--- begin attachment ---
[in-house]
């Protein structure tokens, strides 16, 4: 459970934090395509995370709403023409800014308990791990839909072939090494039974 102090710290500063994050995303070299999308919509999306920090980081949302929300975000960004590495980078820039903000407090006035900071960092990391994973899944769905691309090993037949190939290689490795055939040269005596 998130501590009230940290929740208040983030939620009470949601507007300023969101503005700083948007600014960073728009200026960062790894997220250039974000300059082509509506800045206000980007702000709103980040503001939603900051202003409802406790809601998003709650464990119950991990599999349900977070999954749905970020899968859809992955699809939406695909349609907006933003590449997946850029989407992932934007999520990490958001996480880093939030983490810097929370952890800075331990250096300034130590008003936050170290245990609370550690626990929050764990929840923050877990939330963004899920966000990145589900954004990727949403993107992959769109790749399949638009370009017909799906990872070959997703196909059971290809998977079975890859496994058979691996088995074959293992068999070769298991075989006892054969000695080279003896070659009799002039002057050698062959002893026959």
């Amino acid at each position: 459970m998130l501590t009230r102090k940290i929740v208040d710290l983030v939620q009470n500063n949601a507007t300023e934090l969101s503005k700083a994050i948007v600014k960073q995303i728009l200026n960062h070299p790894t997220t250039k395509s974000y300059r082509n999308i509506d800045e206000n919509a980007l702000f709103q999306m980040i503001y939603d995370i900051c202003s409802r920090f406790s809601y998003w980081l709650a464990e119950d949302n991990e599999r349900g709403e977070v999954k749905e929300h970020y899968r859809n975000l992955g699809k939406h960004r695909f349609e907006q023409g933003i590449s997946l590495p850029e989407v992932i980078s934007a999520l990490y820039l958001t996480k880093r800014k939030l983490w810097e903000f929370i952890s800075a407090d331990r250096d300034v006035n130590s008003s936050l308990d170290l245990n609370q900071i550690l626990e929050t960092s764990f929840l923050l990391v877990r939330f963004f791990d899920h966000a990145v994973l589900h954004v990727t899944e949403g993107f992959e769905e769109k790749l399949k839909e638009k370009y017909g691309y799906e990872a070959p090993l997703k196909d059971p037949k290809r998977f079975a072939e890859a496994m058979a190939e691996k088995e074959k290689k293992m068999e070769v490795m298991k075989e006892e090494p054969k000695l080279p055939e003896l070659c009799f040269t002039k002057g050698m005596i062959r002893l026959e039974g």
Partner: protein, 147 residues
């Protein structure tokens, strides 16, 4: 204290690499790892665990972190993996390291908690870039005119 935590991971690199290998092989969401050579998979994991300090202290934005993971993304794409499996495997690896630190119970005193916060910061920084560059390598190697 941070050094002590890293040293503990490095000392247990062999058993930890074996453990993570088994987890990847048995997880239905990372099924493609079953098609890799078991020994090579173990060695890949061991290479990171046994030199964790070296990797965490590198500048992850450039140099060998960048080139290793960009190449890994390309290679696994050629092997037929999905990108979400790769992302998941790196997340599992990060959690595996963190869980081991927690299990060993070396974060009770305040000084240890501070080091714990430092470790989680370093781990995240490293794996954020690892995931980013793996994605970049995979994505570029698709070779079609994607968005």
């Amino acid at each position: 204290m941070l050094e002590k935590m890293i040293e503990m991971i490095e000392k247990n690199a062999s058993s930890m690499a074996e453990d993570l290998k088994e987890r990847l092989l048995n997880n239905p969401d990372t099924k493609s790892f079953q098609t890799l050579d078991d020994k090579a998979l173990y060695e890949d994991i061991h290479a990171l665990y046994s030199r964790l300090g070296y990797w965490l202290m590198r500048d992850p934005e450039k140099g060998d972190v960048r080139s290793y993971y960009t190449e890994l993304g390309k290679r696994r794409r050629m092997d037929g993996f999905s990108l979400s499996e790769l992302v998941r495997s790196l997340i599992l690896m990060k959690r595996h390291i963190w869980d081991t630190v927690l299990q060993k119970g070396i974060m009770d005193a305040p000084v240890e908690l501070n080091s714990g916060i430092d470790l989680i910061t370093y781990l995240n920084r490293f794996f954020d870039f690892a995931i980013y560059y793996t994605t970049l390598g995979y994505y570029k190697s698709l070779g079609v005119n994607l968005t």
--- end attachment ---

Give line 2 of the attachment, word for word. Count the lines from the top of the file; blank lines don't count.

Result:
């Protein structure tokens, strides 16, 4: 459970934090395509995370709403023409800014308990791990839909072939090494039974 102090710290500063994050995303070299999308919509999306920090980081949302929300975000960004590495980078820039903000407090006035900071960092990391994973899944769905691309090993037949190939290689490795055939040269005596 998130501590009230940290929740208040983030939620009470949601507007300023969101503005700083948007600014960073728009200026960062790894997220250039974000300059082509509506800045206000980007702000709103980040503001939603900051202003409802406790809601998003709650464990119950991990599999349900977070999954749905970020899968859809992955699809939406695909349609907006933003590449997946850029989407992932934007999520990490958001996480880093939030983490810097929370952890800075331990250096300034130590008003936050170290245990609370550690626990929050764990929840923050877990939330963004899920966000990145589900954004990727949403993107992959769109790749399949638009370009017909799906990872070959997703196909059971290809998977079975890859496994058979691996088995074959293992068999070769298991075989006892054969000695080279003896070659009799002039002057050698062959002893026959």